I once saw a Nova documentary -- Marathon Challenge -- in which they trained a group of "average people" to run the Boston marathon, in 40 weeks.
One of the characteristics which they measured was "VO2max" i.e. the rate at which people consume oxygen (measured by wearing a respirator/mask on a treadmill and measuring the difference between oxygen in and oxygen out).
They said that was a good overall/single measure because it measures efficiency of:
- Lungs transpiring oxygen, and
- Heart pumping blood, and
- Muscle tissue using oxygen
They said that, with exercise/training, tissues becomes more heavily "vascularised": i.e. capillaries become larger or denser (or something like that), so blood is more easily delivered to the tissues.
Quoting from the transcript:
When we measure somebody's VO2 max, it's a very interesting number, because it is really complicated and there are a lot of different factors.
So it's how well the heart is beating; it's how well the vessels are expanding, how elastic they are; how many capillaries there are to bring the oxygenated blood to the muscles. So it's one number that shows us an overall good health of the entire cardiovascular system.
So in nine short weeks, what's happened? What's changed?
The runners' hearts are more efficient, filling up faster between beats and pumping more blood with less energy. They might even be slightly bigger.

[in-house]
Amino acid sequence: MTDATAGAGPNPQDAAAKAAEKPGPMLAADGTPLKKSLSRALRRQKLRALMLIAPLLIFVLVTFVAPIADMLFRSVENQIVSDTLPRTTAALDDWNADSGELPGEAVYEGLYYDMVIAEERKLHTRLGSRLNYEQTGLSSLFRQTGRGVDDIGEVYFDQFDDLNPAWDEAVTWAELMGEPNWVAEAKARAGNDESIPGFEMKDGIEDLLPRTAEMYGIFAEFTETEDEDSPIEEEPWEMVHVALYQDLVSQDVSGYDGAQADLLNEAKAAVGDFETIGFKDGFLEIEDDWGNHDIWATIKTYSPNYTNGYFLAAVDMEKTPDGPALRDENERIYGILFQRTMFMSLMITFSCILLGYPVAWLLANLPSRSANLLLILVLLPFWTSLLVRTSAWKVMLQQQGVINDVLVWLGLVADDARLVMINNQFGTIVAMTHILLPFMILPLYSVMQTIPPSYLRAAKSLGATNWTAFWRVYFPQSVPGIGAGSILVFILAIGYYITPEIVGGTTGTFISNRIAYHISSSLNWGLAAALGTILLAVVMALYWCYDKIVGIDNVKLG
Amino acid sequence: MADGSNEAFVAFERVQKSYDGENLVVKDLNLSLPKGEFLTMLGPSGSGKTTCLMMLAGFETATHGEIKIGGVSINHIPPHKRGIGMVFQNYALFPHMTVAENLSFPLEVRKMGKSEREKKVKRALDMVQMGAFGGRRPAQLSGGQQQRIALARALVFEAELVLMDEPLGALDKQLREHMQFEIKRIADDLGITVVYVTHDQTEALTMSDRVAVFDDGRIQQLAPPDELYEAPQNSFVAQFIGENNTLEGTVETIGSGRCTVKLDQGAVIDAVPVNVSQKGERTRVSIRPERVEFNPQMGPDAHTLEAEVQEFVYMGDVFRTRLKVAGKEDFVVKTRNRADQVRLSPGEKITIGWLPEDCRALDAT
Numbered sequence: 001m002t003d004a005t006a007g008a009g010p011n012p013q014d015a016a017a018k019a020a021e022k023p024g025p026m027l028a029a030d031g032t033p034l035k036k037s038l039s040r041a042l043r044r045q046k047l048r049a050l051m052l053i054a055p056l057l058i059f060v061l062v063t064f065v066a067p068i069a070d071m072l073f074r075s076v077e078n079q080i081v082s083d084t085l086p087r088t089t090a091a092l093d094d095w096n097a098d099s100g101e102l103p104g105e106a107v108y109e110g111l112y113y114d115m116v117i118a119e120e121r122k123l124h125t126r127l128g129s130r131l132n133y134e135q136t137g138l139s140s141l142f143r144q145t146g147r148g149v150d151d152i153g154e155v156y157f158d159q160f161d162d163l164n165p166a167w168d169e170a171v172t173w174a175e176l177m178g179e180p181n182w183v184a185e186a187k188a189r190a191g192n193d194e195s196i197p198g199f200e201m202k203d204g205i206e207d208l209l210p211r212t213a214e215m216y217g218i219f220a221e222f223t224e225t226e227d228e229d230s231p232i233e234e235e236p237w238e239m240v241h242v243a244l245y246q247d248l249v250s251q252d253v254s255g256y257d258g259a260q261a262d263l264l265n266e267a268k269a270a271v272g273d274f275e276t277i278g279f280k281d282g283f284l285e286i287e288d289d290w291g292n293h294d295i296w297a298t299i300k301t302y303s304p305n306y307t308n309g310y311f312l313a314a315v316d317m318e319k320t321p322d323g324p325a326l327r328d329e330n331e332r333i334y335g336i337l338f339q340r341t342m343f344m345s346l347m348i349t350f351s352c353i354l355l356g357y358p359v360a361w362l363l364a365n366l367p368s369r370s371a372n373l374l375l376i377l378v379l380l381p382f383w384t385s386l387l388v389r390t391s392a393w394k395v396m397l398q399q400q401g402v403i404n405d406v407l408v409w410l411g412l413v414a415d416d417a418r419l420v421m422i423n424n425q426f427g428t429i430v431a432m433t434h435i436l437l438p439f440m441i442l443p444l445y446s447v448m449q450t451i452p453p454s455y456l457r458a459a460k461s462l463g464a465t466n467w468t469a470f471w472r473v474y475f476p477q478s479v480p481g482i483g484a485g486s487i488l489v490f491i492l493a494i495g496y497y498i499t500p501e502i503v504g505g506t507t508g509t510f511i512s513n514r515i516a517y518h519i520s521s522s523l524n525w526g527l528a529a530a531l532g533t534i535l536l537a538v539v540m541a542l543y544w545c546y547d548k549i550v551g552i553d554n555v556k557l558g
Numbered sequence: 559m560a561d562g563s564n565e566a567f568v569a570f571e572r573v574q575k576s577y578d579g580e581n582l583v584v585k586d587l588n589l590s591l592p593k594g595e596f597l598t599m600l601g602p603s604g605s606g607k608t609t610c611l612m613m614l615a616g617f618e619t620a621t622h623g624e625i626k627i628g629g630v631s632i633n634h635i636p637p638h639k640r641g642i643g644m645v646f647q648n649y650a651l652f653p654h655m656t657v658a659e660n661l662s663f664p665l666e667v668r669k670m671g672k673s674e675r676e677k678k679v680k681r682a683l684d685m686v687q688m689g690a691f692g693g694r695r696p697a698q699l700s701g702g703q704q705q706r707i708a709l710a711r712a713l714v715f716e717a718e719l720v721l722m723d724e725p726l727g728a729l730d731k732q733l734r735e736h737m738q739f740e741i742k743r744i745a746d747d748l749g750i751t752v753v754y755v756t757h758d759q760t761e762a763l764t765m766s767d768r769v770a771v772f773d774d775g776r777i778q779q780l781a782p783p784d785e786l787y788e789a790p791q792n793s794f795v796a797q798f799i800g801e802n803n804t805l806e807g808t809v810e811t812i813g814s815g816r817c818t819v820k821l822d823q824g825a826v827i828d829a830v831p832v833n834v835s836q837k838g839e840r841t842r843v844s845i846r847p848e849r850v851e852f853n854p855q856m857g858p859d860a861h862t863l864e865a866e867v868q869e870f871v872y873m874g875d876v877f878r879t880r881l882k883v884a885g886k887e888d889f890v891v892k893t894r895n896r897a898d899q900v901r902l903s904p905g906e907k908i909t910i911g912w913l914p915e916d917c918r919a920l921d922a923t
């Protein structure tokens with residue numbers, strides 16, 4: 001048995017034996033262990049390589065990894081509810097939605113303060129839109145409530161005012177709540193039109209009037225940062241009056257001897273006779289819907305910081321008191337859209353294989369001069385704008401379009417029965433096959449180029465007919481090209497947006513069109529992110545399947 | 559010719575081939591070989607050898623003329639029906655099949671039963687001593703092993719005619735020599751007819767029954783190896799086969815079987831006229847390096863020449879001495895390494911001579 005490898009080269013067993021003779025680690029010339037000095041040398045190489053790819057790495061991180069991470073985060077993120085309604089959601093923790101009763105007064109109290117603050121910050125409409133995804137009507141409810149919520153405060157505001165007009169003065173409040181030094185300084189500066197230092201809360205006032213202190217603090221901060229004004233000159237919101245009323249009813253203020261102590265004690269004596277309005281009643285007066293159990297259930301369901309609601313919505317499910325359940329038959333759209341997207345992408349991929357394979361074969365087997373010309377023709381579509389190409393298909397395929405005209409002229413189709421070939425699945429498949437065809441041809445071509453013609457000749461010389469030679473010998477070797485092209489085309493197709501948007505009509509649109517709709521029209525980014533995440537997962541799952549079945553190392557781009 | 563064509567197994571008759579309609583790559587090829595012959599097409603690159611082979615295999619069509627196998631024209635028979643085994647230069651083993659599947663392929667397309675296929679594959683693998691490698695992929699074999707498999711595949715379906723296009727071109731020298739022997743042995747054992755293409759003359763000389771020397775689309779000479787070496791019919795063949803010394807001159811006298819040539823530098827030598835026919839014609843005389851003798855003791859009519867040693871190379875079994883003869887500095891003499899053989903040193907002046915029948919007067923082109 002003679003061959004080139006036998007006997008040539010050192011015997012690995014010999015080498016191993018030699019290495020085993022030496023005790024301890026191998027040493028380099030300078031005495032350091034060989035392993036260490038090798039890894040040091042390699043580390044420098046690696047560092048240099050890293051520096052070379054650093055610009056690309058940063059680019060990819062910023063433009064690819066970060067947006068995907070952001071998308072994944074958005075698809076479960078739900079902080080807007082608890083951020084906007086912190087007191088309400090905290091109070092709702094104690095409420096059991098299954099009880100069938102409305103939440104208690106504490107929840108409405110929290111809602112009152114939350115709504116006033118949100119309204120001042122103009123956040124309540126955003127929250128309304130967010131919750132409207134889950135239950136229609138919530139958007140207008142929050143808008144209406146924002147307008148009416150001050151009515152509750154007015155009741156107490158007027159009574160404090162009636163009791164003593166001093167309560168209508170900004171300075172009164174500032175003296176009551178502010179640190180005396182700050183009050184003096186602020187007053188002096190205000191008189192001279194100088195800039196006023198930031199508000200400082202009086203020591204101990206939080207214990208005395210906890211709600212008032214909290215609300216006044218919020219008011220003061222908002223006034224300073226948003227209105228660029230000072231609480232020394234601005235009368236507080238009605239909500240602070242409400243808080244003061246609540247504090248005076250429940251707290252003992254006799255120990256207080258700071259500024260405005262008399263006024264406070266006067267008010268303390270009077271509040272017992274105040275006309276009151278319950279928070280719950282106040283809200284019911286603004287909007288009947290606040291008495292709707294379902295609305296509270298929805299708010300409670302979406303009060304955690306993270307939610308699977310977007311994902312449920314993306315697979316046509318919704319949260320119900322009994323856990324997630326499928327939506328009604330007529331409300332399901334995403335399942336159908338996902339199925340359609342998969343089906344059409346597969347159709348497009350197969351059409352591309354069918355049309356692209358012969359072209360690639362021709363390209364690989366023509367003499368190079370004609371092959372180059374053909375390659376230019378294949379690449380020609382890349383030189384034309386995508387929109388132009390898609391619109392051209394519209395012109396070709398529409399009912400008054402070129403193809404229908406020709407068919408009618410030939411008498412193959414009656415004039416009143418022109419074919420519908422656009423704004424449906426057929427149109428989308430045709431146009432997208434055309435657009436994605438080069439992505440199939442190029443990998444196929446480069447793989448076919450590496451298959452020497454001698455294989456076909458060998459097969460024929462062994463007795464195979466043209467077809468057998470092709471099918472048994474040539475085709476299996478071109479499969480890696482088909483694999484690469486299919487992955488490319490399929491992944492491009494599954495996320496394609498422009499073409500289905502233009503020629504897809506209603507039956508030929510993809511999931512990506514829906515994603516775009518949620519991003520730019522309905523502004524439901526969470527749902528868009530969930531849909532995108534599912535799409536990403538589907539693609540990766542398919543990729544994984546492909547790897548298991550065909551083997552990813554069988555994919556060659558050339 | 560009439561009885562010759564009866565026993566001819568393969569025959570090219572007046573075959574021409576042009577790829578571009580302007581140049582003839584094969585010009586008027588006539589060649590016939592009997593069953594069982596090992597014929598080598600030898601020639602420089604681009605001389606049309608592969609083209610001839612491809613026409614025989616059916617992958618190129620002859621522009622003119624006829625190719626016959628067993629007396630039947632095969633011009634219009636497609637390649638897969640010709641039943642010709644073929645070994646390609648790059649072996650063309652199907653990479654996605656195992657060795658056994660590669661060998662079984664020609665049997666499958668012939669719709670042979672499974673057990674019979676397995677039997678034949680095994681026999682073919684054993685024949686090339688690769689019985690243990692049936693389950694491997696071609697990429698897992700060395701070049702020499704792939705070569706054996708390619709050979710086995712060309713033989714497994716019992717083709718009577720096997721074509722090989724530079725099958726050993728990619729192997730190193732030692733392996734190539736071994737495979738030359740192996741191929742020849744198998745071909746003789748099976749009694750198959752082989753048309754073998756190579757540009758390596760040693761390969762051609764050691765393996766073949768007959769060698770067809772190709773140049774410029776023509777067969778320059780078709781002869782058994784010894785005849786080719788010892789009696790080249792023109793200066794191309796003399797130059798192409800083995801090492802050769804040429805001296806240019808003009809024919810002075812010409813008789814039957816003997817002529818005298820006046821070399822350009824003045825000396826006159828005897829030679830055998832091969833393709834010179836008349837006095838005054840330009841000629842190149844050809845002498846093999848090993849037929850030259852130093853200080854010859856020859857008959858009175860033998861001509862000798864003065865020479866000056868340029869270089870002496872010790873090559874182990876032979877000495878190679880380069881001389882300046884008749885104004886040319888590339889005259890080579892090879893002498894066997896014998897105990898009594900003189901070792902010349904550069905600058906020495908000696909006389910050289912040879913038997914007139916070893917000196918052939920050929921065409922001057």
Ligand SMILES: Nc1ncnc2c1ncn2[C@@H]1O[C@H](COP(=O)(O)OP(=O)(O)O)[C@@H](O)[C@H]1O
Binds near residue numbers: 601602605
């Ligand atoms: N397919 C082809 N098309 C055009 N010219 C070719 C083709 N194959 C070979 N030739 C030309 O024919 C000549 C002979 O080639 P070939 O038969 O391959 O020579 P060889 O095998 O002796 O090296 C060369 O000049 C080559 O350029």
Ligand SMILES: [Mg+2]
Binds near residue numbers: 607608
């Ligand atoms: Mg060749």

Certainly the heart is working a bit better. But by far, the majority of the changes are happening with the vessels, the plumbing of the body.
Arteries and veins have become more elastic, easing blood flow. And down at the level of the muscle cell itself, there are more tiny capillaries, meaning faster delivery of oxygen.
Even inside the cell, energy production has been ramped up by mitochondria, the structures that transform fat, carbohydrate and oxygen into energy.
As you become more and more trained, the muscle actually starts making more mitochondria and also making them larger so that they can actually process and break down more fuels for energy.
So in nine weeks, from their hearts to the tiniest enzymes in their cells, these bodies were transformed.
The human body is an amazing organism. And what we see is that when you don't use things, you lose that body tissue.
I think it's not only about the delivery of oxygen (and other nutrients) to the tissues, but also the removal of the spent by-products.
There may be some difference in gross musculature too -- people say that cyclists look as if they have strong legs -- but legs are already the biggest muscles in the body.
Another consideration is that if or when circulation fails (when you're unwell) it tends to fail in the legs first -- causing "edema" or "peripheral neuropathy" -- I think the body privileges e.g. the circulation to the brain, and the legs get the left-overs (also the feet are more distant, and circulation has to work against gravity).
In case it isn't clear, the body adapts to training: e.g. if you move weight[s] the muscles become stronger, and you train aerobically then your aerobic capacity (that "VO2max" again) increases.
I think it's worth reading the whole transcript, by the way.